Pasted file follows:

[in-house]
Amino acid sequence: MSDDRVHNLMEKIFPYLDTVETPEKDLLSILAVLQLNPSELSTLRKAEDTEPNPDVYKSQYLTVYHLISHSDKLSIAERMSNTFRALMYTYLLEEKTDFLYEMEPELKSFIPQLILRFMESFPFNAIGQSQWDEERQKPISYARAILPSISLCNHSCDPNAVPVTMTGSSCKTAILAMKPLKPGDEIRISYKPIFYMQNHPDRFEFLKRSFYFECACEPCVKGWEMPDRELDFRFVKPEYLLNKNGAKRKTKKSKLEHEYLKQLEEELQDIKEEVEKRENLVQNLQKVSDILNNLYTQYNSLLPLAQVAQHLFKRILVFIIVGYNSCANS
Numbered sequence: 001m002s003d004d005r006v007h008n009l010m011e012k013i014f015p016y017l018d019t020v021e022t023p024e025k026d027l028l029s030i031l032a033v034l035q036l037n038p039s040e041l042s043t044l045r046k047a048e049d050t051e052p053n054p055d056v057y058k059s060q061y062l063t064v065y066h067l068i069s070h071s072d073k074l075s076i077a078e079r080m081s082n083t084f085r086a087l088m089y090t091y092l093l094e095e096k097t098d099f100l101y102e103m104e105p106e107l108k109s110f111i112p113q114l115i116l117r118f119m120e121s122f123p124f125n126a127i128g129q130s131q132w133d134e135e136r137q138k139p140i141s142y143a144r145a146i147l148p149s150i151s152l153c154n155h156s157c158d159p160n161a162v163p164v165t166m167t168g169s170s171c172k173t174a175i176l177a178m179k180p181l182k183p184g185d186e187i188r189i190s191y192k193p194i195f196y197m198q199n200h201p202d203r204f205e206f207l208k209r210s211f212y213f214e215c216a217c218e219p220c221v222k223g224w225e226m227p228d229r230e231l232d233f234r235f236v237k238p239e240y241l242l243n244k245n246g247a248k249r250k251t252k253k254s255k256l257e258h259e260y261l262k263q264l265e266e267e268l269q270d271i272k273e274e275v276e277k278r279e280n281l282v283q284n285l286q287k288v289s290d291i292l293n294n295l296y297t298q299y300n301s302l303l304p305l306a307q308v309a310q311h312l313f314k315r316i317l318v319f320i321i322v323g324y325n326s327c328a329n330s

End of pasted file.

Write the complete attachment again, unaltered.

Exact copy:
[in-house]
Amino acid sequence: MSDDRVHNLMEKIFPYLDTVETPEKDLLSILAVLQLNPSELSTLRKAEDTEPNPDVYKSQYLTVYHLISHSDKLSIAERMSNTFRALMYTYLLEEKTDFLYEMEPELKSFIPQLILRFMESFPFNAIGQSQWDEERQKPISYARAILPSISLCNHSCDPNAVPVTMTGSSCKTAILAMKPLKPGDEIRISYKPIFYMQNHPDRFEFLKRSFYFECACEPCVKGWEMPDRELDFRFVKPEYLLNKNGAKRKTKKSKLEHEYLKQLEEELQDIKEEVEKRENLVQNLQKVSDILNNLYTQYNSLLPLAQVAQHLFKRILVFIIVGYNSCANS
Numbered sequence: 001m002s003d004d005r006v007h008n009l010m011e012k013i014f015p016y017l018d019t020v021e022t023p024e025k026d027l028l029s030i031l032a033v034l035q036l037n038p039s040e041l042s043t044l045r046k047a048e049d050t051e052p053n054p055d056v057y058k059s060q061y062l063t064v065y066h067l068i069s070h071s072d073k074l075s076i077a078e079r080m081s082n083t084f085r086a087l088m089y090t091y092l093l094e095e096k097t098d099f100l101y102e103m104e105p106e107l108k109s110f111i112p113q114l115i116l117r118f119m120e121s122f123p124f125n126a127i128g129q130s131q132w133d134e135e136r137q138k139p140i141s142y143a144r145a146i147l148p149s150i151s152l153c154n155h156s157c158d159p160n161a162v163p164v165t166m167t168g169s170s171c172k173t174a175i176l177a178m179k180p181l182k183p184g185d186e187i188r189i190s191y192k193p194i195f196y197m198q199n200h201p202d203r204f205e206f207l208k209r210s211f212y213f214e215c216a217c218e219p220c221v222k223g224w225e226m227p228d229r230e231l232d233f234r235f236v237k238p239e240y241l242l243n244k245n246g247a248k249r250k251t252k253k254s255k256l257e258h259e260y261l262k263q264l265e266e267e268l269q270d271i272k273e274e275v276e277k278r279e280n281l282v283q284n285l286q287k288v289s290d291i292l293n294n295l296y297t298q299y300n301s302l303l304p305l306a307q308v309a310q311h312l313f314k315r316i317l318v319f320i321i322v323g324y325n326s327c328a329n330s